The Royal Oak is Audemars Piguet’s most well-known collection. In fact, it’s pretty much all the brand is known for since it bases nearly all of its watches within that iconic octagonal case (and when it doesn’t, they tend to be poorly received, I’m looking at you Code 11:59). The Royal Oak Offshore was introduced in the 1990s and became perhaps Audemars Piguet’s most popular model range. It was bigger and more muscular, with expanded cases and bigger details meant for new and excessive tastes. Gerald Genta hated it, but the audience proved that the Offshore was just what it wanted and bought them in their thousands.
These days, we don’t tend to hear about the Audemars Piguet Royal Oak Offshore Selfwinding Chronograph collection as much. Perhaps that’s because of all the talk about the massively inflated Patek Philippe and Rolex prices. Even the Royal Oak Offshore’s older brother, the classic Royal Oak, has the potential to double its value on the grey market. The Royal Oak Offshore doesn’t tend to, although it doesn’t seem to lose much value either.
The Offshore collection features several models, but the two that stand taller than the others are the 42mm and 44mm chronograph models, distinguished easily by their pushers’ shape. Both of these are sporty and masculine pieces, and both wear larger than their dimensions suggest. The new models bridge the gap at 43mm and come in either gold, titanium or stainless steel. The characteristic octagonal bezels come in either black or grey ceramic, or titanium, depending on the case. Audemars Piguet says it has slightly reworked the styling and finishing of the Audemars Piguet Royal Oak Offshore Selfwinding Chronograph, but it’s not very obvious. They also say they’ve updated the Mega Tapisserie dial, and they have, there are now crosses on the corners of every block, and the Audemars Piguet script has been removed. That’s it.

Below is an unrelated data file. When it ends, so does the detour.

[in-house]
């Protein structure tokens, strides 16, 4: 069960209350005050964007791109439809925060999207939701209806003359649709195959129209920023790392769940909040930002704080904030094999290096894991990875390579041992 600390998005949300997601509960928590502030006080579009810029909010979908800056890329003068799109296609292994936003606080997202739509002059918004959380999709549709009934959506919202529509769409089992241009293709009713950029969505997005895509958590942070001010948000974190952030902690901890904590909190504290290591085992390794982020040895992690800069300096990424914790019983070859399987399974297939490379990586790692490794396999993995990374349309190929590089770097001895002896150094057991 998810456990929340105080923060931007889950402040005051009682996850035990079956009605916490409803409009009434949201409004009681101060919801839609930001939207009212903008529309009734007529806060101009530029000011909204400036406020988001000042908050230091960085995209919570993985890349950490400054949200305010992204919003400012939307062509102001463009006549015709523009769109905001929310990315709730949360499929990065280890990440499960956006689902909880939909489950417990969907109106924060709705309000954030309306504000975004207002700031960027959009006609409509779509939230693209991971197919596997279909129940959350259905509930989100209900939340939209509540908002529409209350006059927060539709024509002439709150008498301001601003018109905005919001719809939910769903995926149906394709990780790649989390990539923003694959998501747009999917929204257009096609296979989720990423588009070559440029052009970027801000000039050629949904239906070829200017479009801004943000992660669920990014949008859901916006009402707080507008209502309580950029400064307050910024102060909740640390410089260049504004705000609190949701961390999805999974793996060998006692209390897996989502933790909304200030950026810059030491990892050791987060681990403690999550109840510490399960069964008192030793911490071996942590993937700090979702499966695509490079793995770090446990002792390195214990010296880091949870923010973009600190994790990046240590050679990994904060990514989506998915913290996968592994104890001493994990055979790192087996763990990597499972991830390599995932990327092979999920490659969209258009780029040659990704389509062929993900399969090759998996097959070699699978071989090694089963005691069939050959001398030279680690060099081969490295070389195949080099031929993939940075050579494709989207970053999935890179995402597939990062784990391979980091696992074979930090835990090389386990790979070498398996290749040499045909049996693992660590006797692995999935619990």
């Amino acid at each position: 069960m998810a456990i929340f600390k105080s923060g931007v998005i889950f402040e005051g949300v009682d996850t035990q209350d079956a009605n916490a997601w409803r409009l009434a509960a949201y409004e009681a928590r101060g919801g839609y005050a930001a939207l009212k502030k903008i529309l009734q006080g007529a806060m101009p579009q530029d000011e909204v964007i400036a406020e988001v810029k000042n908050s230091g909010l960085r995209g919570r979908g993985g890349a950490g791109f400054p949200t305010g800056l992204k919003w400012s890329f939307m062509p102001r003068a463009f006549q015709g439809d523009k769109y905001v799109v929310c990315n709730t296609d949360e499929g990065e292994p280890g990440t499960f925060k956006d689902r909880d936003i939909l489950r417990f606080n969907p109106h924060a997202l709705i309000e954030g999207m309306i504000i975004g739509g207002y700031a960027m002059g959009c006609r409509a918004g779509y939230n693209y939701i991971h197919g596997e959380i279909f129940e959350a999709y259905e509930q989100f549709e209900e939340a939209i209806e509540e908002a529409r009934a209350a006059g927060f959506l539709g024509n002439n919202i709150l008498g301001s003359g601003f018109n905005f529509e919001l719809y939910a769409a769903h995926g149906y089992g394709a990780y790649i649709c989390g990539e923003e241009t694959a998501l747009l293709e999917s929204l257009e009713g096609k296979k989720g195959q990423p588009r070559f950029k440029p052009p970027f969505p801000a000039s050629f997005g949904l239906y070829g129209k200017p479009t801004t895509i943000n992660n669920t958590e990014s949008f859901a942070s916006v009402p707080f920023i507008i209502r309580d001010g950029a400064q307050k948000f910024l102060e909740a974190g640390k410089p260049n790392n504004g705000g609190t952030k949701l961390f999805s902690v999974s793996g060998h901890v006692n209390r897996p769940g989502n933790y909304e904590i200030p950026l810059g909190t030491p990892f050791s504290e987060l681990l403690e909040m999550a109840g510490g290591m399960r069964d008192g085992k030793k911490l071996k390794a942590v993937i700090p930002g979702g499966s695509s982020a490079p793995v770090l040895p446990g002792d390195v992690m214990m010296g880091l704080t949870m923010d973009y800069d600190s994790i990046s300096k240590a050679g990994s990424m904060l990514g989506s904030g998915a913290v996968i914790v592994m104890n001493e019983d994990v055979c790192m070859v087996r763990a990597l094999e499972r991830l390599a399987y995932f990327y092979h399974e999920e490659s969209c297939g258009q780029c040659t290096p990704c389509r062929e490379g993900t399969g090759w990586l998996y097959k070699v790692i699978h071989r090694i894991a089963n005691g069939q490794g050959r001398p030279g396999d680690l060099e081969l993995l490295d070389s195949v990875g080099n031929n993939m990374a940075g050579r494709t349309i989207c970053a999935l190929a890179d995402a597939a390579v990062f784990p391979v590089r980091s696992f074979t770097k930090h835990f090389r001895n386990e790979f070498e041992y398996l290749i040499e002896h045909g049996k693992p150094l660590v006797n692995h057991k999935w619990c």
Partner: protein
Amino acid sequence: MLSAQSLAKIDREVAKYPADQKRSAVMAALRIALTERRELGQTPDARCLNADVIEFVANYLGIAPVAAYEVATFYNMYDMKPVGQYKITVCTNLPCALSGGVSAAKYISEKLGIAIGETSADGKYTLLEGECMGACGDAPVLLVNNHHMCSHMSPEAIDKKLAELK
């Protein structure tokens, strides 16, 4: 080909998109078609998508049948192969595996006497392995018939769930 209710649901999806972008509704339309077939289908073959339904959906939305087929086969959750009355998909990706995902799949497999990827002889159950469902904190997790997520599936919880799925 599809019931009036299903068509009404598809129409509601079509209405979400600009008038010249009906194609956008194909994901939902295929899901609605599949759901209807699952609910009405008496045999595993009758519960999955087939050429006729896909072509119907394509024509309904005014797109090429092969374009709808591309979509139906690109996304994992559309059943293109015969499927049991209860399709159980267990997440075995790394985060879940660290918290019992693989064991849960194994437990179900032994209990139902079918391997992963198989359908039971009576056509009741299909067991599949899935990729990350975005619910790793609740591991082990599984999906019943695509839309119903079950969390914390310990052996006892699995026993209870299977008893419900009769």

The new range comes with some classic dial and strap colours, my favourite remains the classic blue dial with a blue strap, but all of them look excellent. All are water-resistant to 100m.
Perhaps the most contentious part of the Offshore range has always been the movement, an Audemars Piguet base with an off-the-shelf Dubois Depraz chronograph module. There’s nothing wrong with Dubois Depraz modules, but people paying big bucks for their watches tend to like it when their watches are unique from the ground up. Luckily, Audemars Piguet was aware of that and released an in-house chronograph movement in 2019. Unfortunately, it went in the wrong watch first, the Code 11:59. Now, the Royal Oak Offshore has received the in-house movement treatment.
The calibre 4401 inside the new Royal Oak collection is an integrated chronograph movement now, instead of modular. So, instead of a base movement having an extra part bolted on, it’s all one design; if there’s no chronograph, there’s no movement at all. Fortunately, the 4401 is being made, and it comes with a 70-hour power reserve and a 22k gold automatic rotor. There’s a flyback function too, and it’s all on display through a sapphire crystal caseback.
The new Audemars Piguet Royal Oak Offshore Selfwinding Chronograph collection doesn’t have a released price yet. Luckily, none of these are limited in production, and they’re all coming in September.